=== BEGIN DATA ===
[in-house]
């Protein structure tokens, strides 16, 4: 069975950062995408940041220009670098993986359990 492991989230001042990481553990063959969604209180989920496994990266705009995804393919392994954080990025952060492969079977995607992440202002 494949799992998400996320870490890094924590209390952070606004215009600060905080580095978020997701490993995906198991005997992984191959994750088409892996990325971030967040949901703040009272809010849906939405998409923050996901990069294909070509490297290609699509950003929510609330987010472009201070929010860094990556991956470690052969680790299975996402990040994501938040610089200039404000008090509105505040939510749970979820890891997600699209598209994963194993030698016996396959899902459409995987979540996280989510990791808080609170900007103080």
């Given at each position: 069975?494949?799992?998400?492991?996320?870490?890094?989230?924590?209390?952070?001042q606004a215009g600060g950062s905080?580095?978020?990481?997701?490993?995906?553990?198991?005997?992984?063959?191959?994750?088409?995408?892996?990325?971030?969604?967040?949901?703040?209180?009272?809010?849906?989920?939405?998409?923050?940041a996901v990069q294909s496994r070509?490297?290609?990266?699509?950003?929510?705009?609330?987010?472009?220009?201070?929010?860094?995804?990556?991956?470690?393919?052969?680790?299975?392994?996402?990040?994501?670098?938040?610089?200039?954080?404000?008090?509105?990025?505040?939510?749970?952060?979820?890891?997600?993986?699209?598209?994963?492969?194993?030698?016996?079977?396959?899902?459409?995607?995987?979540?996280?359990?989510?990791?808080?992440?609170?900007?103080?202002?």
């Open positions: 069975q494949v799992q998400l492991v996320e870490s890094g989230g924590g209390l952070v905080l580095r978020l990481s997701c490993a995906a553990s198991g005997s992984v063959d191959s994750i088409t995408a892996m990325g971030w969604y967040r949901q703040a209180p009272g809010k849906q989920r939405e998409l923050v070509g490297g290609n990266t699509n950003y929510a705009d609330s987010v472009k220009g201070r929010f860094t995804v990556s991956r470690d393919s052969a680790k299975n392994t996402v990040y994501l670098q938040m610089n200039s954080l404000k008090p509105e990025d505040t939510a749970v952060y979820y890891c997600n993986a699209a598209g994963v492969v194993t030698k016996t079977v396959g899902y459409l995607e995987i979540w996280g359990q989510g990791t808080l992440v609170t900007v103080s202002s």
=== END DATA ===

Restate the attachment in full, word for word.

[in-house]
């Protein structure tokens, strides 16, 4: 069975950062995408940041220009670098993986359990 492991989230001042990481553990063959969604209180989920496994990266705009995804393919392994954080990025952060492969079977995607992440202002 494949799992998400996320870490890094924590209390952070606004215009600060905080580095978020997701490993995906198991005997992984191959994750088409892996990325971030967040949901703040009272809010849906939405998409923050996901990069294909070509490297290609699509950003929510609330987010472009201070929010860094990556991956470690052969680790299975996402990040994501938040610089200039404000008090509105505040939510749970979820890891997600699209598209994963194993030698016996396959899902459409995987979540996280989510990791808080609170900007103080």
């Given at each position: 069975?494949?799992?998400?492991?996320?870490?890094?989230?924590?209390?952070?001042q606004a215009g600060g950062s905080?580095?978020?990481?997701?490993?995906?553990?198991?005997?992984?063959?191959?994750?088409?995408?892996?990325?971030?969604?967040?949901?703040?209180?009272?809010?849906?989920?939405?998409?923050?940041a996901v990069q294909s496994r070509?490297?290609?990266?699509?950003?929510?705009?609330?987010?472009?220009?201070?929010?860094?995804?990556?991956?470690?393919?052969?680790?299975?392994?996402?990040?994501?670098?938040?610089?200039?954080?404000?008090?509105?990025?505040?939510?749970?952060?979820?890891?997600?993986?699209?598209?994963?492969?194993?030698?016996?079977?396959?899902?459409?995607?995987?979540?996280?359990?989510?990791?808080?992440?609170?900007?103080?202002?």
């Open positions: 069975q494949v799992q998400l492991v996320e870490s890094g989230g924590g209390l952070v905080l580095r978020l990481s997701c490993a995906a553990s198991g005997s992984v063959d191959s994750i088409t995408a892996m990325g971030w969604y967040r949901q703040a209180p009272g809010k849906q989920r939405e998409l923050v070509g490297g290609n990266t699509n950003y929510a705009d609330s987010v472009k220009g201070r929010f860094t995804v990556s991956r470690d393919s052969a680790k299975n392994t996402v990040y994501l670098q938040m610089n200039s954080l404000k008090p509105e990025d505040t939510a749970v952060y979820y890891c997600n993986a699209a598209g994963v492969v194993t030698k016996t079977v396959g899902y459409l995607e995987i979540w996280g359990q989510g990791t808080l992440v609170t900007v103080s202002s």